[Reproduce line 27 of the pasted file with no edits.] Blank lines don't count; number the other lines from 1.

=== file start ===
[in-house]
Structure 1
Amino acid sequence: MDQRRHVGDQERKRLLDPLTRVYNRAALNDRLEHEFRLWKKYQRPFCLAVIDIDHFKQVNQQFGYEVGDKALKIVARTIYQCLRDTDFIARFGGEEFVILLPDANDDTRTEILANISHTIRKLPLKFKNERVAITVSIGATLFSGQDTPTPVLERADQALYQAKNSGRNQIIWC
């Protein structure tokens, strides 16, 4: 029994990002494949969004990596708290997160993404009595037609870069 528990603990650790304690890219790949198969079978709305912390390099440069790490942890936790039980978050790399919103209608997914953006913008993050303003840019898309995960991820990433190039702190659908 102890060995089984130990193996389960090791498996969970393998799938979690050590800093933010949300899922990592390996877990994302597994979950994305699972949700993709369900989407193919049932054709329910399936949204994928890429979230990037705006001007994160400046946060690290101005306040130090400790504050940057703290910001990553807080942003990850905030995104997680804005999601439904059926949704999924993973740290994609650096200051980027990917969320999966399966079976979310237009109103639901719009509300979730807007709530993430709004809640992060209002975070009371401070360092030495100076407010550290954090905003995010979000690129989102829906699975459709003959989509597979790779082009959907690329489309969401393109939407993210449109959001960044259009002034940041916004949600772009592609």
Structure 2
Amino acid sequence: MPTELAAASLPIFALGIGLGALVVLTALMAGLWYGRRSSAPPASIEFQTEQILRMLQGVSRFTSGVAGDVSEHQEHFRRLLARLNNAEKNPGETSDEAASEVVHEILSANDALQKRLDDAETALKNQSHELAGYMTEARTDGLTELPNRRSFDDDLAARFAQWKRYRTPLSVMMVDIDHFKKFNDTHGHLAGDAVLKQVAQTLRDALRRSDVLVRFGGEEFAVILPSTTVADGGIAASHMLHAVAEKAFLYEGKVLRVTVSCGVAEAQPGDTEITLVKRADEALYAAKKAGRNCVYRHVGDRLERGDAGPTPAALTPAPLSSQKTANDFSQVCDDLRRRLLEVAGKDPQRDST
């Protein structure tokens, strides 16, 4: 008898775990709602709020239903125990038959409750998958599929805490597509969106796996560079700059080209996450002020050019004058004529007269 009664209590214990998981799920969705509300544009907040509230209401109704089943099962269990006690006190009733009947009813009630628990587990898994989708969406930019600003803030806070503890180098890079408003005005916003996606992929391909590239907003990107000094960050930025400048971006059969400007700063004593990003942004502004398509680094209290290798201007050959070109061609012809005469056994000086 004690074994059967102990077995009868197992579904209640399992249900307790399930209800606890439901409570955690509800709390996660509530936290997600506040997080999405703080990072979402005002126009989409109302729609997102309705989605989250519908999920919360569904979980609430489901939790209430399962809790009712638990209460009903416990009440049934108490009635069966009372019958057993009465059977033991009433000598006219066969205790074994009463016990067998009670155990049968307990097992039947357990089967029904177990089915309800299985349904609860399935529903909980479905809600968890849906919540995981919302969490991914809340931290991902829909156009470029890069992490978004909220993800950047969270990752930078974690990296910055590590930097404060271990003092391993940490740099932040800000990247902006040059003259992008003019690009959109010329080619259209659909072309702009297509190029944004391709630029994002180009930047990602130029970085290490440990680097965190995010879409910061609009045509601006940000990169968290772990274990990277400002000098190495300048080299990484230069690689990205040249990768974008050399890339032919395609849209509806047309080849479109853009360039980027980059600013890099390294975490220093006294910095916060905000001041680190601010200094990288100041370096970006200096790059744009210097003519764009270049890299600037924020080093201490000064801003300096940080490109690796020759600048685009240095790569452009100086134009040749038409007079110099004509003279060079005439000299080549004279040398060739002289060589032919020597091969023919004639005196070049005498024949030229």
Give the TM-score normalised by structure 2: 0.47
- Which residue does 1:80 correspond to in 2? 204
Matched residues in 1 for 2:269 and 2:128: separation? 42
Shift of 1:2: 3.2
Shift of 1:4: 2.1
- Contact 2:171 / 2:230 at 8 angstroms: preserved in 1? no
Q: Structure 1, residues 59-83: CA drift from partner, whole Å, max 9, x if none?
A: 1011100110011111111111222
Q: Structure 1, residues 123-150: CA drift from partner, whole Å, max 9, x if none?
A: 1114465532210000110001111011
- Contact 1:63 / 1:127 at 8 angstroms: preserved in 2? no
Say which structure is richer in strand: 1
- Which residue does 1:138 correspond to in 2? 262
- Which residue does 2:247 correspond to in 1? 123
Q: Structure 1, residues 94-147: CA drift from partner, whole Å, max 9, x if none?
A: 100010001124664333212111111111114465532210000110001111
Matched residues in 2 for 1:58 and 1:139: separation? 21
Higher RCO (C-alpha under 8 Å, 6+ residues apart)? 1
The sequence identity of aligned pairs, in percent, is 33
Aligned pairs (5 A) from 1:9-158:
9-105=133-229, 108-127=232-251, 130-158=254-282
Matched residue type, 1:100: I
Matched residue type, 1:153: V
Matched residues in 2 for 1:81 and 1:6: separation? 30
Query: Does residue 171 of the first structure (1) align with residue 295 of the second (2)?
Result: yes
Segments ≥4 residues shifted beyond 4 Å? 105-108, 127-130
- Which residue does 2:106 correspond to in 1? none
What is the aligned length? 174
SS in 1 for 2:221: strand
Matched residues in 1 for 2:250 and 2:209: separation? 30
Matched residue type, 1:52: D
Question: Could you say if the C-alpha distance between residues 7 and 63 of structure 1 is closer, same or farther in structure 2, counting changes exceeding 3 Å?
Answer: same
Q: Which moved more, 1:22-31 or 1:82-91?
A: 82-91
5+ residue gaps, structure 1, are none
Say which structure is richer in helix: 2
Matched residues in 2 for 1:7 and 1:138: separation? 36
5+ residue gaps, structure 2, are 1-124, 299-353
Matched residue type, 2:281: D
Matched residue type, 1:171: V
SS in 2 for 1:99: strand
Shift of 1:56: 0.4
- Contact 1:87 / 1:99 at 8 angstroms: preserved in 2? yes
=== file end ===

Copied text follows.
Aligned pairs (5 A) from 1:9-158: